Google shares which components must be a precedence in 2023

Recently, Google shared, through the Chrome DevRel teamsome recommendations for optimizing the performance of Core Web Vitals in 2023.

Core Web Vitals gathers the main factors of a page loading experience, as the user accesses and interacts with its elements. They are loading speed (largest contentful paint or LCP), visual stability (cumulative layout shift or CLS), and interactivity (first input delay or FID).

These factors can guide a series of changes to improve the performance of sites. However, which ones have the most impact and should be prioritized among the possibilities? That’s what the team shared and you can check it out below.

Loading Speed ​​(LCP)

Largest Contentful Paint (LCP) is the metric that measures how fast the page loads its content completely for the user.

The LCP measures loading speed by the rendering time, until the moment when its largest element appears on the screen. Currently, half of all websites have problems related to this factor.

To stay within the loading limit, it is necessary to:

  • Ensure that the LCP resource is detectable from the HTML source. Generally, the largest element on the page is an image and it needs to be found in standard HTML attributes, such as or .
  • Ensure that the loading of the LCP resource is prioritized on the page. It is possible to use the fetchpriority=”high” attribute on the or tag that loads your LCP image.
  • Use a CDN (Content Delivery Network) to optimize documents and Time to First Byte (TTFB) resourcesso that the initial document response arrives as soon as possible.

Visual Stability (CLS)

Cumulative Layout Shift (CLS) is the metric that measures the frequency and severity of unexpected layout changes on a page, which occur when an element moves while the user interacts with it.

Below, are the visual stability actions listed by Google as a priority:

  • Explicitly define sizes for any content loaded on the page. This can be done through width and height attributes (or equivalent CSS properties).
  • Make sure your pages are eligible for the back-forward cache. Pages that began using this mechanism have seen great improvements in visual stability.
  • Avoid animations/transitions that use CSS properties that affect the layout. Whenever possible, prefer transitions and animations that use the CSS transform property.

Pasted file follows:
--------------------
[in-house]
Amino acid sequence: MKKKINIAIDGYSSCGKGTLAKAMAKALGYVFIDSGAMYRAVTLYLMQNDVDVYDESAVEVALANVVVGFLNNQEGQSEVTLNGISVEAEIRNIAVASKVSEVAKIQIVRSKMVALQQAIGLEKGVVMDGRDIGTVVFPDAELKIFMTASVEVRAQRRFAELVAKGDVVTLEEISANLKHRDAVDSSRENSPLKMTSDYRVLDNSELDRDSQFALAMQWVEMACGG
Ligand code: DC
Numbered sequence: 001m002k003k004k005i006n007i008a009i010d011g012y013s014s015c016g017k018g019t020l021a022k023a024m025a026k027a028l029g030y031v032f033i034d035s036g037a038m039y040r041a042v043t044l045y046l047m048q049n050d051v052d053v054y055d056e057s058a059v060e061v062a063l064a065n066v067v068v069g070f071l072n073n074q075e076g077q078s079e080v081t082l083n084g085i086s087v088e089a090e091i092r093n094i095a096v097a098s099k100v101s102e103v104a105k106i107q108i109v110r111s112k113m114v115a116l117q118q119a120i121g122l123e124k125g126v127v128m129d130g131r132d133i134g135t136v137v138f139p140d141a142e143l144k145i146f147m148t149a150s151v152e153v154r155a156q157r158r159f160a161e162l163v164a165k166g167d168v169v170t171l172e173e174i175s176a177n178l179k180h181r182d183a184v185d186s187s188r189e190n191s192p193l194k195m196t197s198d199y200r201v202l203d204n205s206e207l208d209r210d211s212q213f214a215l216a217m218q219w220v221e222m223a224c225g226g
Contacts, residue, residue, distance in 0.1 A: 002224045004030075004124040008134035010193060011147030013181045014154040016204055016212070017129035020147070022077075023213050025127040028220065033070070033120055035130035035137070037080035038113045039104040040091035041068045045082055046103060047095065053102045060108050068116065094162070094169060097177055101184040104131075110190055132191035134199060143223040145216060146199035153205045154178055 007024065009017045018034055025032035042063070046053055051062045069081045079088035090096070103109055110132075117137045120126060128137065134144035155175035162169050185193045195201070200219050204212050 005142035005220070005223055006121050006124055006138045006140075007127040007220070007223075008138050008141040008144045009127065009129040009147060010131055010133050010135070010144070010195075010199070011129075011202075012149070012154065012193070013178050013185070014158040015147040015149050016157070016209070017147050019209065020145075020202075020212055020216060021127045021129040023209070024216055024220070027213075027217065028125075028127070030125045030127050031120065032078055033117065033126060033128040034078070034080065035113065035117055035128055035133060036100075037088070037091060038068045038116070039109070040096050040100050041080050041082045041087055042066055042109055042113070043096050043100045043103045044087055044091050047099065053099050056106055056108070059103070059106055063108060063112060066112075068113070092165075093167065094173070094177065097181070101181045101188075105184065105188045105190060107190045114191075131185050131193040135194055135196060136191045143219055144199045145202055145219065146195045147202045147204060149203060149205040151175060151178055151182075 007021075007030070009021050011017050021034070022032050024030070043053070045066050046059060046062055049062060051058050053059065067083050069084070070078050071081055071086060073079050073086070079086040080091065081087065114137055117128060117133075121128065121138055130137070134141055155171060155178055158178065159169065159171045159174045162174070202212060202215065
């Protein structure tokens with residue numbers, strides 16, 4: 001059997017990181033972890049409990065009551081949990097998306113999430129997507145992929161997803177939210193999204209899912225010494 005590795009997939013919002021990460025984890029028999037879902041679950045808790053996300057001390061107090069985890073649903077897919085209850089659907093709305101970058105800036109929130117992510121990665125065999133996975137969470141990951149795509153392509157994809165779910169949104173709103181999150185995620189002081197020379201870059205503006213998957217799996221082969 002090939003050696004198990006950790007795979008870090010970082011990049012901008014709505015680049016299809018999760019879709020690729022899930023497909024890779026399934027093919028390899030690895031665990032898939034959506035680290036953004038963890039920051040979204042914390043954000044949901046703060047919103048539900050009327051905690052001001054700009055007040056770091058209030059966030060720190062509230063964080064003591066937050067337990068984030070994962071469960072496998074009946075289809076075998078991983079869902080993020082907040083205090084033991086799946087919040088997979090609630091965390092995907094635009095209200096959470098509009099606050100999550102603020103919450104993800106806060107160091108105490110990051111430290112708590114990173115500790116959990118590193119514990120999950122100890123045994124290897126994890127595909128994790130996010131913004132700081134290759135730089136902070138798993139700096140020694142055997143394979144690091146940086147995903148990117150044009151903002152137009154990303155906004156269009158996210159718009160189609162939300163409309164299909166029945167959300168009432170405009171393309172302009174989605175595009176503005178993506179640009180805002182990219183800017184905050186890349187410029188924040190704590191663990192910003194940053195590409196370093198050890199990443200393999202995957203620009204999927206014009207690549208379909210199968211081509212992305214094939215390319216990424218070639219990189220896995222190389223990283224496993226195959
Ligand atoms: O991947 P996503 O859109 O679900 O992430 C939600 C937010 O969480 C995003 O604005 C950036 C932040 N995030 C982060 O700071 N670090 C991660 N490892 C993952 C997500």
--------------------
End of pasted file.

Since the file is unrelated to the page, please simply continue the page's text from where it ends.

Interactivity (FID)

First Input Delay (FID) is the metric that measures the response speed to the user’s first interaction with the page, such as a click or a JavaScript control. This is a factor that most websites already dominate, but there’s always room for improvement.

FID evaluates the time from when the user first interacts until the site is able to process a response for that interaction, which happens in milliseconds. This delay can be caused by other processes, such as loading a large JavaScript file in parallel.

These are the main actions that can improve website response speed:

  • Avoid or interrupt long tasks by breaking them down into smaller tasks so the browser has more opportunities to adjust.
  • Avoid unnecessary or unused JavaScriptwhich can be found through the Coverage tab under Sources in Chrome DevTools.
  • Avoid large rendering updates. To do this, you can: avoid using requestAnimationFrame() for any non-visual work; keep your Document Object Model (DOM) small; use CSS containment.

User experience remains a priority

The quality of the experience on the page depends on a variety of factors. However, focusing on the elements shared in this article should be a priority among SEO analysts and developers to improve usability and achieve top positions in Google’s results.

As in previous years, Google released dozens of new updates in 2022. But ultimately, all SEO work converges towards improving the experience for the user. The more useful the content and the better the usability of the site, the better the results for brands.

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